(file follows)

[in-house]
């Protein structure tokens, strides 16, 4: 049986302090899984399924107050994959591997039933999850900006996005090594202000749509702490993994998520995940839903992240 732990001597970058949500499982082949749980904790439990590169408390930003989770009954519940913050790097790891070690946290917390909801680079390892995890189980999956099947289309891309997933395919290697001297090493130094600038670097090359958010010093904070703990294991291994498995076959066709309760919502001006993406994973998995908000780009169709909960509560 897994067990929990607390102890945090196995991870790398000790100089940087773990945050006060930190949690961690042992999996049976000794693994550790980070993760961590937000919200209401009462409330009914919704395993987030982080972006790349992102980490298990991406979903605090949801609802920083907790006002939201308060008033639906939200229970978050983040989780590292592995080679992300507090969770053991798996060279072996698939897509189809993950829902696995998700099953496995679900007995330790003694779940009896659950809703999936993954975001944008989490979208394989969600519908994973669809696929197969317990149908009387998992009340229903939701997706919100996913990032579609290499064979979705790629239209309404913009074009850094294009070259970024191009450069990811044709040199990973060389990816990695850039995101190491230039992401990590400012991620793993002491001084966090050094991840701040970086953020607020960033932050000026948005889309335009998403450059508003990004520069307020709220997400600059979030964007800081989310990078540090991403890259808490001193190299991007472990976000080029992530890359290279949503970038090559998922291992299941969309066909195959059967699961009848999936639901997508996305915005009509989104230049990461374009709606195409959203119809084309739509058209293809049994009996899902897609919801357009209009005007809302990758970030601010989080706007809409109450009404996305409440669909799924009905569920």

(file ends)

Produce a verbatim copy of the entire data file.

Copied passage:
[in-house]
């Protein structure tokens, strides 16, 4: 049986302090899984399924107050994959591997039933999850900006996005090594202000749509702490993994998520995940839903992240 732990001597970058949500499982082949749980904790439990590169408390930003989770009954519940913050790097790891070690946290917390909801680079390892995890189980999956099947289309891309997933395919290697001297090493130094600038670097090359958010010093904070703990294991291994498995076959066709309760919502001006993406994973998995908000780009169709909960509560 897994067990929990607390102890945090196995991870790398000790100089940087773990945050006060930190949690961690042992999996049976000794693994550790980070993760961590937000919200209401009462409330009914919704395993987030982080972006790349992102980490298990991406979903605090949801609802920083907790006002939201308060008033639906939200229970978050983040989780590292592995080679992300507090969770053991798996060279072996698939897509189809993950829902696995998700099953496995679900007995330790003694779940009896659950809703999936993954975001944008989490979208394989969600519908994973669809696929197969317990149908009387998992009340229903939701997706919100996913990032579609290499064979979705790629239209309404913009074009850094294009070259970024191009450069990811044709040199990973060389990816990695850039995101190491230039992401990590400012991620793993002491001084966090050094991840701040970086953020607020960033932050000026948005889309335009998403450059508003990004520069307020709220997400600059979030964007800081989310990078540090991403890259808490001193190299991007472990976000080029992530890359290279949503970038090559998922291992299941969309066909195959059967699961009848999936639901997508996305915005009509989104230049990461374009709606195409959203119809084309739509058209293809049994009996899902897609919801357009209009005007809302990758970030601010989080706007809409109450009404996305409440669909799924009905569920």